For me, the physical, steampunk world and the environment of Perdido Street Station were vividly drawn and easily recognizable, its technological content not so much. Atmospherically, it is vaguely 19th century, Victorian but that only a trope; this is a world definitely not that of our own. This is a world of many sorts of alien life that sometimes includes the humans themselves, humans who copulate with sentient, insect-like creatures. While we may not be at all sure about the time, the place is very well constructed.
Actually, let’s just cut to the chase; at the core, this is a story about the love and mating habits of a human (at least I think he’s human) and a vegetarian insect (my imagination had her looking kind of like a cross between a praying mantis and Angelina Jolie) who is an artist and spits a lot. Oh, and also it’s about giant, psychedelic, mesmerizing moths that literally have s#it for brains and that suck the dreams out of everyone in sight and turn them into zombies. I am not making this up. This is what this wildly acclaimed book is about. The sex and the insect wasn’t too bad but when we got to the moths and zombies, I started to wonder WTF was I reading.
Okay, Robert, calm down... Remember Angelina? The artist? I mean, the insect? Well her real name is Lin and she [sic] really isn’t an insect, she’s khepri, uhhh, she only looks like an insect. I guess that makes it better. And the s#it for brains stuff? It really isn’t s#it. It’s only called that. It’s really the moths’ milk. I guess that makes it all better now. Are you confused yet? I would not be surprised. And we haven’t even gotten to The Weaver, the multi-dimensional spider who speaks in torrents of free-verse poetry. The Orkin Man would’a had a field-day here.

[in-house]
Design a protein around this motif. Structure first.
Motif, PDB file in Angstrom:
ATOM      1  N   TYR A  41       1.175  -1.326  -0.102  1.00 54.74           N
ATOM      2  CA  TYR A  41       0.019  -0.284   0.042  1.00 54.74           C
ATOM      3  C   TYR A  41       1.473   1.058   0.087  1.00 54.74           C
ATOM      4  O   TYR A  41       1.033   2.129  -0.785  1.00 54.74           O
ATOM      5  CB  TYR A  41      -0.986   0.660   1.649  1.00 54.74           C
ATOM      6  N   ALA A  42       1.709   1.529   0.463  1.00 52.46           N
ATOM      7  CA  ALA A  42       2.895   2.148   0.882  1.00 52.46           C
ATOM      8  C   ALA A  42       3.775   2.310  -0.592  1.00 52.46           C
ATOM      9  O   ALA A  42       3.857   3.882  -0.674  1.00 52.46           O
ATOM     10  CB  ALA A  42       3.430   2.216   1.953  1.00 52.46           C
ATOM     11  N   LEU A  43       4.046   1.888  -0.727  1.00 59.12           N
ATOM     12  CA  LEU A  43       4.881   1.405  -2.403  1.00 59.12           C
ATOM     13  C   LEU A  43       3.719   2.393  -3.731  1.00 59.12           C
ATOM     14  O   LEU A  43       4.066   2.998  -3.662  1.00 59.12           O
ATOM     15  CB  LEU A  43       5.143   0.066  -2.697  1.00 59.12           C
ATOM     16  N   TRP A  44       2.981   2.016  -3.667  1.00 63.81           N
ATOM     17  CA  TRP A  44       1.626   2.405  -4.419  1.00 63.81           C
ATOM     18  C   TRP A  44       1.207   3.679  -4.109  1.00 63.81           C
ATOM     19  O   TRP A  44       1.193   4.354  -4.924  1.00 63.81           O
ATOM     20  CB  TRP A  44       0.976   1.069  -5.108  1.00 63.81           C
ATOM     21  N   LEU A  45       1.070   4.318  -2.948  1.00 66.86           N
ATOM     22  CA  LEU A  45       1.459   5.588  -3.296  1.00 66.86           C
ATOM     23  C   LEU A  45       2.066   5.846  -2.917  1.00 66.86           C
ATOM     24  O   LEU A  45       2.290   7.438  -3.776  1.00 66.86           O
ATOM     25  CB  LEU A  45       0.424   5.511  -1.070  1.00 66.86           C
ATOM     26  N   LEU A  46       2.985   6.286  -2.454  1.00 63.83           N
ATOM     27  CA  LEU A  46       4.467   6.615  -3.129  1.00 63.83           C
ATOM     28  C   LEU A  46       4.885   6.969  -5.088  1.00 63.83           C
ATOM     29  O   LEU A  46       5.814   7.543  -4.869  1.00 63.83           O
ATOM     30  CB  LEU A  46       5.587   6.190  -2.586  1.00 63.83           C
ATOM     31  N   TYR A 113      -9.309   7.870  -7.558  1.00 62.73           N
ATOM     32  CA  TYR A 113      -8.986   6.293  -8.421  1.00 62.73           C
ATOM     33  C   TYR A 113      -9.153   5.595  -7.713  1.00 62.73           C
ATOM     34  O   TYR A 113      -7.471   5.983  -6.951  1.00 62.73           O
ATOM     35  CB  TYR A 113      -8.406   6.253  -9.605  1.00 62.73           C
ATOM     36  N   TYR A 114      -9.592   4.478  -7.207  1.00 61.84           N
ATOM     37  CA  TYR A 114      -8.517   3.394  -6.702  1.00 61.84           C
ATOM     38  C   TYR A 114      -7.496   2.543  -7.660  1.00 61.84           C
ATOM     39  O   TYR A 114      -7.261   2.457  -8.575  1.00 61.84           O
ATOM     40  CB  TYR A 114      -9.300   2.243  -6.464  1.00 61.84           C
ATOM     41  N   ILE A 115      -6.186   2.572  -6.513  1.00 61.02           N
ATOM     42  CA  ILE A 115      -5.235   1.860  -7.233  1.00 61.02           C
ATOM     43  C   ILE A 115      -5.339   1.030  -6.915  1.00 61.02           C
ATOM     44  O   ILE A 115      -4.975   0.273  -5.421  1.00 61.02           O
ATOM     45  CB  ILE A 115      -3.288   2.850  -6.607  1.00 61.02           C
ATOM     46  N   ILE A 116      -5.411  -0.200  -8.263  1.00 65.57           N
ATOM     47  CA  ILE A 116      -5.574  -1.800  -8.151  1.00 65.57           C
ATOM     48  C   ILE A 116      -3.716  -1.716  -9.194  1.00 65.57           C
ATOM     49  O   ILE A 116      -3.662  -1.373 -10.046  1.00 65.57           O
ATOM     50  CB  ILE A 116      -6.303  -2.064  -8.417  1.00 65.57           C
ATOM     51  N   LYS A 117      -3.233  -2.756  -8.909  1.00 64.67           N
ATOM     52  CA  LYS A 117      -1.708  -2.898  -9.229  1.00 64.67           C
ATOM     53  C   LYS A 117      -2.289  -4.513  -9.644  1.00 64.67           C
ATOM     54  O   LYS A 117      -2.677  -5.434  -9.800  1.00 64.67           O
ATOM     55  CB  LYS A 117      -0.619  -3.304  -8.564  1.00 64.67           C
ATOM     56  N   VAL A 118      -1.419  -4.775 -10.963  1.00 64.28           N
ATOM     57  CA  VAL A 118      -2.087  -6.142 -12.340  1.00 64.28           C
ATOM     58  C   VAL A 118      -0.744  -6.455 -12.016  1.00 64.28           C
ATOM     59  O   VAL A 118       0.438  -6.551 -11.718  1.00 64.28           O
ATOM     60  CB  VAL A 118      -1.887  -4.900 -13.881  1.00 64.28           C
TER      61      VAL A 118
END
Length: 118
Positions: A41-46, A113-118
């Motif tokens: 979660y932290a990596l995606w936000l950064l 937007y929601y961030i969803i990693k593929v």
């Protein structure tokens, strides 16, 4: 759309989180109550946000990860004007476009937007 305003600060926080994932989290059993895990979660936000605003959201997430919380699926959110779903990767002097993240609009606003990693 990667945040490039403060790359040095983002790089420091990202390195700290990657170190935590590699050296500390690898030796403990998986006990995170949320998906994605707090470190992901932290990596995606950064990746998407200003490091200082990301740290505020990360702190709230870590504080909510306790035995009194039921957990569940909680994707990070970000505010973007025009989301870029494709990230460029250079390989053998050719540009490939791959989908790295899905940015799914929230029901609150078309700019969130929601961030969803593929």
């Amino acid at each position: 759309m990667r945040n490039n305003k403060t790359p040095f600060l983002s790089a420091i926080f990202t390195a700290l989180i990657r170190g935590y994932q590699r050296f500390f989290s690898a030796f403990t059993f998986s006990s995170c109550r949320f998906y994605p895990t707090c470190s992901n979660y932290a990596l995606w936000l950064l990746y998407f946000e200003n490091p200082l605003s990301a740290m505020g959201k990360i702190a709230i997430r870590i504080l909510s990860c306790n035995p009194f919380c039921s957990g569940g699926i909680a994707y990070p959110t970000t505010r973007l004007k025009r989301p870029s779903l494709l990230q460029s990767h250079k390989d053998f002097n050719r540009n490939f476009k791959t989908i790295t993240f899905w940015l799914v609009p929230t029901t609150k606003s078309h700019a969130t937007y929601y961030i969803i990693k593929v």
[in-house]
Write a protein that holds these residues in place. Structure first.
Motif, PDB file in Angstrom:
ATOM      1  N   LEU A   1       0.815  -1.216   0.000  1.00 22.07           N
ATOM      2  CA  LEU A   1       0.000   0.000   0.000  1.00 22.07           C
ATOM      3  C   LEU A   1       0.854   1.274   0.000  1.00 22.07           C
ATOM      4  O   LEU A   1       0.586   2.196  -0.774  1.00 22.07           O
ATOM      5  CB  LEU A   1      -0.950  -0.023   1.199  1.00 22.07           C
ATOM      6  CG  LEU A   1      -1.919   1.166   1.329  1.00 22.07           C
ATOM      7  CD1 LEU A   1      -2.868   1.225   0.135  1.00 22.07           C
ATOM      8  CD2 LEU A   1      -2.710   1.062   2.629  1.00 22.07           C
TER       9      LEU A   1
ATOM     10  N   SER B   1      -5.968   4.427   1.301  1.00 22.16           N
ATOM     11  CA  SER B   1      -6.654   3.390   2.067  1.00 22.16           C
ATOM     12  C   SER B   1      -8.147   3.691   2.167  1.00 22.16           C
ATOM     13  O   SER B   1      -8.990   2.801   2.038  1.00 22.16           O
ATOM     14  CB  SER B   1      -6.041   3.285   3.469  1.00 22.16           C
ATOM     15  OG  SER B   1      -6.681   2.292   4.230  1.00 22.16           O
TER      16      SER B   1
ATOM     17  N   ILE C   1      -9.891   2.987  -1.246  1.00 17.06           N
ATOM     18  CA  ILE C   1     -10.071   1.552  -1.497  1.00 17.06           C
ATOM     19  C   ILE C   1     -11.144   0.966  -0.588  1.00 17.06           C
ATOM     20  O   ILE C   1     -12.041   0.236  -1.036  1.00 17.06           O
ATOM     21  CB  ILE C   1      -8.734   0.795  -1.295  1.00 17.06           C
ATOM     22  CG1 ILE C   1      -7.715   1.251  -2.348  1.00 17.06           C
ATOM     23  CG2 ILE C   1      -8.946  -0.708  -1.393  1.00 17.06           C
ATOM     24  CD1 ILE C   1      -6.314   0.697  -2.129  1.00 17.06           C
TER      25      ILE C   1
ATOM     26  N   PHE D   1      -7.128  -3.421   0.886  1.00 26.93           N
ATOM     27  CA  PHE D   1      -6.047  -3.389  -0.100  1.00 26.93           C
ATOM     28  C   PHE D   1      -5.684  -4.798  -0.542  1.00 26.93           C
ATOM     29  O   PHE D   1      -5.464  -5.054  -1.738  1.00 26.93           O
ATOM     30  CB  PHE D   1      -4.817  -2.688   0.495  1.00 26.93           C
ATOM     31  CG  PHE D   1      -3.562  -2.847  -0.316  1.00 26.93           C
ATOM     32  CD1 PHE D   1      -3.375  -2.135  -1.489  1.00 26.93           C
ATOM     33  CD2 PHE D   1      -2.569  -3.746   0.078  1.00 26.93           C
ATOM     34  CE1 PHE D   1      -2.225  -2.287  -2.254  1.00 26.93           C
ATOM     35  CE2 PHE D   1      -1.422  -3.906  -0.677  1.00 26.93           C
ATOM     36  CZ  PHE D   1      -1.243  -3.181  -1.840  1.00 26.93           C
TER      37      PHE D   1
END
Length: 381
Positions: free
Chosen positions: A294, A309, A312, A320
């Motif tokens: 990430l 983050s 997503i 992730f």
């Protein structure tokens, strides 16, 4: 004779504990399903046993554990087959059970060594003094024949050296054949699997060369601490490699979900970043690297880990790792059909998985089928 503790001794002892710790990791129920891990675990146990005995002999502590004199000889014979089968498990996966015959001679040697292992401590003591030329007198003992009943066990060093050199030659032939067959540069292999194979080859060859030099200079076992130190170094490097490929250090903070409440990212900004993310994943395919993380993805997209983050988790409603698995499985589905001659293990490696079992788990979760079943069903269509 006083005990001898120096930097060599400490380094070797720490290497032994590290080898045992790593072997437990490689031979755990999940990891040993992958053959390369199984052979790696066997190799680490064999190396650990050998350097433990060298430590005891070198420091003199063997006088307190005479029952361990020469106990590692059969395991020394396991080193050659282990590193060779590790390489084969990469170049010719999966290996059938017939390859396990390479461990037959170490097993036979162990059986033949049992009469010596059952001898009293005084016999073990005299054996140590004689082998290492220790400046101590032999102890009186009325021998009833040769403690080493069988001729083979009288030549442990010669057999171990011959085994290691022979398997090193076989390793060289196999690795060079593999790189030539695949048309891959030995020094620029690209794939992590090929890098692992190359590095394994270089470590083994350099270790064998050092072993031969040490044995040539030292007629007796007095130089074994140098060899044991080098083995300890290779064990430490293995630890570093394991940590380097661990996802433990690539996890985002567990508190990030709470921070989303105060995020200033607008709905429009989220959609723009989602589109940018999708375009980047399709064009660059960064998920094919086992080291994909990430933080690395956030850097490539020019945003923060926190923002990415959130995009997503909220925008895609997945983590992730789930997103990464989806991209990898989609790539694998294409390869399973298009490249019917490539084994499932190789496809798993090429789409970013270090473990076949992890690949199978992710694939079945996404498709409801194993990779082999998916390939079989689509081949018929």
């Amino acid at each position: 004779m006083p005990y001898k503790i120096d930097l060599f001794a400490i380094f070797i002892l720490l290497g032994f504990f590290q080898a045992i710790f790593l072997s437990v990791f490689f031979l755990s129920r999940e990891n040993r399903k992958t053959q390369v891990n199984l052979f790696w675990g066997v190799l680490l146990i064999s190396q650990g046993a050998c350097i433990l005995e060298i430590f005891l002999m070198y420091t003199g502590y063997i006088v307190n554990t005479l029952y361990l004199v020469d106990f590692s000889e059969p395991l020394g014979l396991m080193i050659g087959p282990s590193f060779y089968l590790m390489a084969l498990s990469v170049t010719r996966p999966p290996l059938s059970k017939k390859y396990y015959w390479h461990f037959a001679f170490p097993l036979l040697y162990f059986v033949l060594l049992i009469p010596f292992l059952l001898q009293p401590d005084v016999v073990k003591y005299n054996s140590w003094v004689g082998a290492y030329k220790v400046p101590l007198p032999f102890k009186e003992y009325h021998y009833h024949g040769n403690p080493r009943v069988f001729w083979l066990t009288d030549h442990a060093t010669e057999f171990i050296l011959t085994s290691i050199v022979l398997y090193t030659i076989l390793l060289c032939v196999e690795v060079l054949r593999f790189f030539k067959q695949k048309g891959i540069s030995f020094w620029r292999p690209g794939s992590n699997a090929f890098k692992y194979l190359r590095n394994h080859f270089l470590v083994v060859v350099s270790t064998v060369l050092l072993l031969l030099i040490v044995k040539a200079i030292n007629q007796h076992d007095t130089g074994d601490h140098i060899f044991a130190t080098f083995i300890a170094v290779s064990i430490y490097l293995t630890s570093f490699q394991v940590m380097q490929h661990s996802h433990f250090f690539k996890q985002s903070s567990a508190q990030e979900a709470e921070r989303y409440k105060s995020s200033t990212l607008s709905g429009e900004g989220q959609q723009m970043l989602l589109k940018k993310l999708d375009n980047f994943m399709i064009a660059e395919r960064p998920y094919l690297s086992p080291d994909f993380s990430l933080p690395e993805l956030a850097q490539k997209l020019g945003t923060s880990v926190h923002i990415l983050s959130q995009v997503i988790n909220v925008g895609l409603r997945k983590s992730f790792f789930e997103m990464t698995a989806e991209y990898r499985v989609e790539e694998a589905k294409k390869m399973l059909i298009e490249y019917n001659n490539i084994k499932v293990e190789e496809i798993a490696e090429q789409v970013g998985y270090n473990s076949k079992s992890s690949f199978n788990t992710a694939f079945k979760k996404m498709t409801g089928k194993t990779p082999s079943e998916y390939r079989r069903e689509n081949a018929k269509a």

It sounds like there’s a lot going on in this book and there is. There just might be too much going on, especially toward the end. While there was no lack of narrative stamina this reader weakened, weakened to the point of nearly giving up. Weakened not out of fatigue but out of a loss of interest. The narrative toward the end seemed to drone on and on. I actually had to get a fix from my fellow reviewers. I plugged into Goodreads, read some of my friends’ positive critiques of PSS, regained my strength and resolve to continue and continue I did to finish the book. I am not sorry that I did. But even in the ending, I was a bit disappointed.
The narrative of the book is all over the map. We have all kinds of contrivances, some biological, some technological. They come and they go almost as suddenly. However, there was one particular subplot that seemed to be somewhat central but for me, very poorly developed. A garuda, a winged creature by the name of Yagharek comes to our main protagonist, Isaac, for help in restoring his (its?) wings, wings which were lost as a result of a sentence passed on to him (it?) for having committed a particular crime. We do not find out what the crime was till the end of the book but it is how our hero, Isaac, responds to finding out what the crime is that seemed so unsatisfying. Something so central to the book here did not seem to me to be sufficiently fleshed out. It was at that point that I realized there were so many other instances of just that incompleteness in the book. Miéville throws everything but the kitchen sink into this novel but never fully or even moderately develops any of it.